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The TIFF Bell Lightbox, in Toronto, on Aug. 31, 2020.Fred Lum/The Globe and Mail

The Toronto International Film Festival, arguably the crown jewel of the Canadian film industry, now has a precious stone to call its own. On Thursday, TIFF announced that the historic Rome-based luxury brand Bvlgari has signed on as a “major” sponsor and official jewellery partner of the festival. The three-year deal includes sponsorship of a “high-style” portrait studio and the fourth annual TIFF Tribute Awards fundraising gala, to be held this year at the Fairmont Royal York Hotel.

”The link between Bvlgari and the cinema has deep roots that have determined the DNA of the brand and have helped us to tell the audacity, creativity and excellence for which Bvlgari is today so famous in the world,” Jean-Christophe Babin, CEO of Bvlgari Group, said in a statement. “Being a partner of TIFF allows us not only to nurture this legacy, but also the works of new and upcoming talent.”

The deal was spearheaded by Elisabeth Burks, who joined TIFF as vice-president of partnerships this past January with the goal of driving revenue growth and developing a “sustainable competitive advantage” for TIFF within the domestic and international markets. Bvlgari, which is no stranger to the film-festival world, having sponsored previous editions of the Berlinale, Cannes, Venice and Singapore fests, represents a coup for Burks’ division, which typically brings in 25 to 30 per cent of the not-for-profit’s annual operating revenue.

Inside TIFF’s top-to-bottom plan to emerge from a long, cruel winter

TIFF would not disclose the financial terms of the partnership, but a representative said that the deal is “very much in keeping with what you would expect from a brand of Bvlgari’s stature and prominence, and is reflective of the significant value that TIFF delivers to its partners.”

Crucially, the deal helps TIFF – the largest publicly attended film festival in the world – compensate for a recent shakeup of its “major” corporate sponsors: L’Oréal remains with the festival but has “repositioned themselves at a different level.” Bvlgari now joins long-time major sponsors RBC and Visa, while Bell remains TIFF’s “lead” sponsor.

While Bvlgari is not the first jewellery partner TIFF has secured over its 47 years, the deal is a bling-bright symbol that the festival is aiming to reassert its bigger, stronger, glitzier prepandemic self after two years in scaled-down hybrid mode. As announced last month, this year’s TIFF is being planned as a “fully in-person” affair, with 11 days of full-capacity screenings at familiar venues including the Lightbox, Roy Thomson Hall, the Princess of Wales Theatre, the Scotiabank multiplex, and, for the first time, the Royal Alexandra Theatre. Meanwhile, the number of films TIFF will screen looks to be near prepandemic levels – although with few virtual elements.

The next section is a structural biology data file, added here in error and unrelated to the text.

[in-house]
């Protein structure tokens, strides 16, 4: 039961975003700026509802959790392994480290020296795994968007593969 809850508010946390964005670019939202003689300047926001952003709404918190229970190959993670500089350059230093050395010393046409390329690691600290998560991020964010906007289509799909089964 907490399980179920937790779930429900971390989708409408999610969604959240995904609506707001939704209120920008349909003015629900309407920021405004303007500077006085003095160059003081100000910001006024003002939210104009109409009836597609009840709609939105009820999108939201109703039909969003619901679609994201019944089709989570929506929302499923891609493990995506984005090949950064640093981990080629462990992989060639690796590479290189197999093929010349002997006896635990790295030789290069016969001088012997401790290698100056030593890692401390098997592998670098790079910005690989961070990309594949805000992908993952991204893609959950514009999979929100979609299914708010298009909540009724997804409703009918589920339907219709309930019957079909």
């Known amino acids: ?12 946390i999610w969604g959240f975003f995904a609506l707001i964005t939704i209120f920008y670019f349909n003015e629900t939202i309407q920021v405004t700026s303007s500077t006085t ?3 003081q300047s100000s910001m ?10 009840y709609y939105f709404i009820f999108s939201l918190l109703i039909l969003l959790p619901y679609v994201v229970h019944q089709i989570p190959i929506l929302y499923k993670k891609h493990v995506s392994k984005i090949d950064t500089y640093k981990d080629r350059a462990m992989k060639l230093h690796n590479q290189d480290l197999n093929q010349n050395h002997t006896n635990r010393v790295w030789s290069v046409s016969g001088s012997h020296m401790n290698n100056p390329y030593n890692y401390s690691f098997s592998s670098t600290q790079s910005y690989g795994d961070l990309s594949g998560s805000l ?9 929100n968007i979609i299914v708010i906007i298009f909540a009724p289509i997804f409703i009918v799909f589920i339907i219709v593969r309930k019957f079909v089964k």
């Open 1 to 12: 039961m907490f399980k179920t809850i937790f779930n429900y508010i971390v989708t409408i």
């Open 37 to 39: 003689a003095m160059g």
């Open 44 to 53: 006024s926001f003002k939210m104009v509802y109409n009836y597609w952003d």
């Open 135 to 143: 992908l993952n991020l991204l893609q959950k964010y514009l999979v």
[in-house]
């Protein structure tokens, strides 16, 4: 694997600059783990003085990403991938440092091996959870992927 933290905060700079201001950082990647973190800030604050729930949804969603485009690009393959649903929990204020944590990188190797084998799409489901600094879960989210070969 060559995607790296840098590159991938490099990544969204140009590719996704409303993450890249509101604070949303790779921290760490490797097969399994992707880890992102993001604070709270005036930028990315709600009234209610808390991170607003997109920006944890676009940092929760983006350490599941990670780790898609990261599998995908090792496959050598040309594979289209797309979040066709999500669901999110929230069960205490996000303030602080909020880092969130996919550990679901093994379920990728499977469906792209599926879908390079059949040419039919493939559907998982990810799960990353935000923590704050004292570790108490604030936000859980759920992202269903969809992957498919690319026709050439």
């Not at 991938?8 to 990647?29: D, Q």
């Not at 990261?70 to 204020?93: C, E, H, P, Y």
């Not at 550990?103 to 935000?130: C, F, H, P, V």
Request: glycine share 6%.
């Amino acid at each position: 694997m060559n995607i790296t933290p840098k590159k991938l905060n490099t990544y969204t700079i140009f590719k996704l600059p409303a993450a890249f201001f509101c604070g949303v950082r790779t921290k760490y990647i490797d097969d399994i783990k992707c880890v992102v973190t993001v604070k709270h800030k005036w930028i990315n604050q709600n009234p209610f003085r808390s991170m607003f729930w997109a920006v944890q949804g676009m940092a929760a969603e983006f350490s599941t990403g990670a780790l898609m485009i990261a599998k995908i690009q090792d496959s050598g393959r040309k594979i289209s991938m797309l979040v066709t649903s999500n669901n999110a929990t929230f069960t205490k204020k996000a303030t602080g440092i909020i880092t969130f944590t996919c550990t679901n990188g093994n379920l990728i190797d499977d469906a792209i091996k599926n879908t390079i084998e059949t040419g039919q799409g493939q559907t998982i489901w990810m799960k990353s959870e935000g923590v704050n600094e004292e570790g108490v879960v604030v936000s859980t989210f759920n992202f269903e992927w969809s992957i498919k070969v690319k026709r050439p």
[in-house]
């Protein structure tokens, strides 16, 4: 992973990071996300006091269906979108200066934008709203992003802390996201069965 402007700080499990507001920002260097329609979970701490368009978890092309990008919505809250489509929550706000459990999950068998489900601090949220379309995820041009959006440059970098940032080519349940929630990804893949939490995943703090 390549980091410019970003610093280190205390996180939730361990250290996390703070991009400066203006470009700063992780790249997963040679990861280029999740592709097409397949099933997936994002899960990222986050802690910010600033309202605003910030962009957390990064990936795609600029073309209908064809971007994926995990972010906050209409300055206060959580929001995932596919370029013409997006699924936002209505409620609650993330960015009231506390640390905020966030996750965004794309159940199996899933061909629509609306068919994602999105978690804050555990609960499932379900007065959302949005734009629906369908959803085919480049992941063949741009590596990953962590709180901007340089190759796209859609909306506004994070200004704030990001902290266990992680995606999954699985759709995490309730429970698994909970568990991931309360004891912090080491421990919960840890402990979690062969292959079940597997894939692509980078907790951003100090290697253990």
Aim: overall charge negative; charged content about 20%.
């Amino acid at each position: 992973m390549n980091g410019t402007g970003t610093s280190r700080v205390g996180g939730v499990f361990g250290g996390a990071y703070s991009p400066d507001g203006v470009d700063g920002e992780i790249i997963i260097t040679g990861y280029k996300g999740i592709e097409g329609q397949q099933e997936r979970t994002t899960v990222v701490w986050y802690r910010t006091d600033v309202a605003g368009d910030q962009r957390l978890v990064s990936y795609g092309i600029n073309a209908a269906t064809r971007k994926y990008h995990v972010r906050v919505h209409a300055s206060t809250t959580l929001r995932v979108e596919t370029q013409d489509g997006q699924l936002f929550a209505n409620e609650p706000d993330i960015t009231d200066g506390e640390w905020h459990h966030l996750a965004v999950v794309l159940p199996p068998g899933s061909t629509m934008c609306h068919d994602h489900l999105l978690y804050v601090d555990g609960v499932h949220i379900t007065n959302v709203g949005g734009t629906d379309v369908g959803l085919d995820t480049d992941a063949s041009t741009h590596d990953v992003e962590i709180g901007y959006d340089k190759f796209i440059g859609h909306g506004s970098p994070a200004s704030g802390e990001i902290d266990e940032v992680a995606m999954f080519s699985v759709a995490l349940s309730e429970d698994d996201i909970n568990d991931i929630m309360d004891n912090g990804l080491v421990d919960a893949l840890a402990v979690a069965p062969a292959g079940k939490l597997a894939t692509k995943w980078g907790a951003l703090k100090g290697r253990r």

”We’re not going to do online like the last two years,” TIFF chief executive Cameron Bailey said during a press event last month. “But we did learn things. So we have a digital platform year-round, and for festival time we want to have an offering there. It won’t be the full festival, but a sampling.”

That sampling might be incredibly small, though – there were no virtual-screening ticketing options listed when TIFF revealed its 2022 pricing tiers last month. (Prices for this year’s festival start at $19 for regular screenings and go up to $127 for the opening night film.)

The recent wave of news coming out of TIFF – which includes last month’s spate of high-profile staff hires, including the appointments of Beth Janson as the organization’s chief operating officer and Anita Lee as its first chief programming officer – arrives as film festivals around the world look to regain their prepandemic footholds in the anxiety-wracked industry.

Earlier this week, the Cannes festival, which opens for a fully in-person run May 17, announced that it was eliminating most of its COVID-19 restrictions, including mask mandates. The same day, Sundance announced that, after two virtual-only editions, it will host a significantly larger 2023 program with in-person and online screenings.

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